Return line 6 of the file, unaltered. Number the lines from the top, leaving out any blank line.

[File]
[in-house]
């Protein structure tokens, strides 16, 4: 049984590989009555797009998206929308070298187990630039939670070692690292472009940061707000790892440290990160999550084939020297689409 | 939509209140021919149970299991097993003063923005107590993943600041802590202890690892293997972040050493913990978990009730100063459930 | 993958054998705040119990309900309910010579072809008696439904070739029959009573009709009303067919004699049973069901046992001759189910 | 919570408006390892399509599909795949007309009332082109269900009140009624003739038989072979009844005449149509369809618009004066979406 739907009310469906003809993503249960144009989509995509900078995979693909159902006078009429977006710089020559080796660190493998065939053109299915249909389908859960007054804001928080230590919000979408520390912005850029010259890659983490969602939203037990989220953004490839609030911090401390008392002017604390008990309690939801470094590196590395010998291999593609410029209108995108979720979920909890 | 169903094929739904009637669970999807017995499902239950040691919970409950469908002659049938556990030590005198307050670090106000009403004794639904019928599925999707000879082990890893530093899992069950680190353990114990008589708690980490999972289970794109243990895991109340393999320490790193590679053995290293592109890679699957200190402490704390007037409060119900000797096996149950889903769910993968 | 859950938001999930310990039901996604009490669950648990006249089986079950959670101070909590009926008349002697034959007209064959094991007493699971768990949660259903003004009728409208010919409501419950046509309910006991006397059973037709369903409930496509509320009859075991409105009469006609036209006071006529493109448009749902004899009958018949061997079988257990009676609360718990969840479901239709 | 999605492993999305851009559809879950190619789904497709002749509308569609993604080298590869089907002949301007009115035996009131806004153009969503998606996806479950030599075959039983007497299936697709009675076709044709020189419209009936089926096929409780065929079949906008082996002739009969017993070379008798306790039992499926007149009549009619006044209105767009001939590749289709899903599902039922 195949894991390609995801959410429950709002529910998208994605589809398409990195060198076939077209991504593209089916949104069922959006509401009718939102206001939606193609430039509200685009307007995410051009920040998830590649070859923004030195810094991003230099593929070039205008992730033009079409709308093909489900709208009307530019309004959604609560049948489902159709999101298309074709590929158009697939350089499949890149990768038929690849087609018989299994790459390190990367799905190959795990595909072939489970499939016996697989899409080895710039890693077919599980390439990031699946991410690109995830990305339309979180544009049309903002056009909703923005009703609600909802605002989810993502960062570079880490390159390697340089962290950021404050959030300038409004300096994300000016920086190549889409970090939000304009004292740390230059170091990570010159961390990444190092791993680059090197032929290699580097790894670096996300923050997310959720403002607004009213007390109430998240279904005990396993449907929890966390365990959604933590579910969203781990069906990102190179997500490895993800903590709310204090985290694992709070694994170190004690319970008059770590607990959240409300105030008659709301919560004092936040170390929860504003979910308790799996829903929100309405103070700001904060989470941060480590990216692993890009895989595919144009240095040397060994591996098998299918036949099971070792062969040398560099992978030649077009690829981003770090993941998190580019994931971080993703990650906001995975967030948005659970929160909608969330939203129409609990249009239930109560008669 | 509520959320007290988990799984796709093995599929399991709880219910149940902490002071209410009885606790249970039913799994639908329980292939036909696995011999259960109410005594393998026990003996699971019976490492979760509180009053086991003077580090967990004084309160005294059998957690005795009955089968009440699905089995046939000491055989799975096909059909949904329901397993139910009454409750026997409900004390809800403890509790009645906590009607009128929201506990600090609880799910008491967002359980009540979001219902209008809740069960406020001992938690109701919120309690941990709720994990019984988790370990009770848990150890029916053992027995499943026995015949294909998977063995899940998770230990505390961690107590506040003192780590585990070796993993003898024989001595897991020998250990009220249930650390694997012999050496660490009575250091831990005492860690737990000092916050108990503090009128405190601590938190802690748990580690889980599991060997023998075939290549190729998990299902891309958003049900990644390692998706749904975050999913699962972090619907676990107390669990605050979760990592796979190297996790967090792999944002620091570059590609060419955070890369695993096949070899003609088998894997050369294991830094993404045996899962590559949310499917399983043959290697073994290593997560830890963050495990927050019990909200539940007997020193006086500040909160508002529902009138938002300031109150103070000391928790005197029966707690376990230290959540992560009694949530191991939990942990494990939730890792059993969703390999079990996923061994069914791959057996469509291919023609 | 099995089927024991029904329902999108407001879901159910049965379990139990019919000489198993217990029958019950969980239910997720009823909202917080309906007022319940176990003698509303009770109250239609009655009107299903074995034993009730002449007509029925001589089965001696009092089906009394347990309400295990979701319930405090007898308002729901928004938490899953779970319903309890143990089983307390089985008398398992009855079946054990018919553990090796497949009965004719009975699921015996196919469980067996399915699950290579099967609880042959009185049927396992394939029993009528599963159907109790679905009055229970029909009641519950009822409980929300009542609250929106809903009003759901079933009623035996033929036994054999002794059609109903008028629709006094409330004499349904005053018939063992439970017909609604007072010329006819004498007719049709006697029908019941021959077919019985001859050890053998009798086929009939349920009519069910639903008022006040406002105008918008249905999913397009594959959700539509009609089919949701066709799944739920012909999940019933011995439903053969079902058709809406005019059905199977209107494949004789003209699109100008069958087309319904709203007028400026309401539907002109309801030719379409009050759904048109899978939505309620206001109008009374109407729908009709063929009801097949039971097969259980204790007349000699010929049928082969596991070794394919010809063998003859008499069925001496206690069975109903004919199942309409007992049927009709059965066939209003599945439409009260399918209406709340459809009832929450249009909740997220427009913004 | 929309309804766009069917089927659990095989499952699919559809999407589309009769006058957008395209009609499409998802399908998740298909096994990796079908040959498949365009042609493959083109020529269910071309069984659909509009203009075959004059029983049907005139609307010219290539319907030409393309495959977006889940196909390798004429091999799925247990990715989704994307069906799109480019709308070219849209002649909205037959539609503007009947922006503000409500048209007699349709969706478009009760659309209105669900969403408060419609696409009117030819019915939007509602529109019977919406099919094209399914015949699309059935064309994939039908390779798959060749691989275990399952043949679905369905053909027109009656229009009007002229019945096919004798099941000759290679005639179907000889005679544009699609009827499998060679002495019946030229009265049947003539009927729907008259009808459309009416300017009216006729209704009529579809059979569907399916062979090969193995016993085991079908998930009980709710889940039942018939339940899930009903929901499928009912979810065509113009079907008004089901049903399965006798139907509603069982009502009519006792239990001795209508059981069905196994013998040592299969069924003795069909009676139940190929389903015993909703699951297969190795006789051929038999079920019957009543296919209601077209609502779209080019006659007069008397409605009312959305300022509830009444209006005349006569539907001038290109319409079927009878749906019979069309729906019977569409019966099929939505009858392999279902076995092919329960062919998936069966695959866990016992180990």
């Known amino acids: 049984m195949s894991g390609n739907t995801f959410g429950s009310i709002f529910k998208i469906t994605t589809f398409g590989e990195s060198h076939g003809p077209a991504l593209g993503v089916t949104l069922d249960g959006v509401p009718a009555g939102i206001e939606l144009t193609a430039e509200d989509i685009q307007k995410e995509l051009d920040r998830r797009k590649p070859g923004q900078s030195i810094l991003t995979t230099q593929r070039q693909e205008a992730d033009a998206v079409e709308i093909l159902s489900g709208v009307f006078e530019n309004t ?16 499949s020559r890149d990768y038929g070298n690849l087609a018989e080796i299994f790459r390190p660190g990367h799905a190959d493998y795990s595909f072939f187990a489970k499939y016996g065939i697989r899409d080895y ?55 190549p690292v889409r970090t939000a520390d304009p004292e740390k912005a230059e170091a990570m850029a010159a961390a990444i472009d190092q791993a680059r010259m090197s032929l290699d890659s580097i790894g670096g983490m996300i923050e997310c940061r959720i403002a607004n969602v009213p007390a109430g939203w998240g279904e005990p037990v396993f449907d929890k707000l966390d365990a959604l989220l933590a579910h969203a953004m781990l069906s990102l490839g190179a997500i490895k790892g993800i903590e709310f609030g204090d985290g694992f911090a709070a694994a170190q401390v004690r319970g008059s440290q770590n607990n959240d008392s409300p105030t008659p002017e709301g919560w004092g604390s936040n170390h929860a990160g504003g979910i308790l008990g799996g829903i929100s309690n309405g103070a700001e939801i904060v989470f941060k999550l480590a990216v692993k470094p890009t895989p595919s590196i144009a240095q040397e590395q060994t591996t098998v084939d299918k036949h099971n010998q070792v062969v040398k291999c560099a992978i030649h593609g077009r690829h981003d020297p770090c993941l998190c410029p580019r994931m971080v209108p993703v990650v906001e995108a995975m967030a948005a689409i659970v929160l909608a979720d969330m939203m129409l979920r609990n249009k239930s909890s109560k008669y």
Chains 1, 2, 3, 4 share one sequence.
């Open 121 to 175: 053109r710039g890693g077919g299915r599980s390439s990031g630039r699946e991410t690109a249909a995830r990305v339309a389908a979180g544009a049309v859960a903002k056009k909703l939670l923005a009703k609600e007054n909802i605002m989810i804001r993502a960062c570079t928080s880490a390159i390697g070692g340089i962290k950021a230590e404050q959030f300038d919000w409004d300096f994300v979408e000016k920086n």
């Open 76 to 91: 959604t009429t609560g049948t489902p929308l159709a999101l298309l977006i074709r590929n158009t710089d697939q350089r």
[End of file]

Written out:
């Open 76 to 91: 959604t009429t609560g049948t489902p929308l159709a999101l298309l977006i074709r590929n158009t710089d697939q350089r």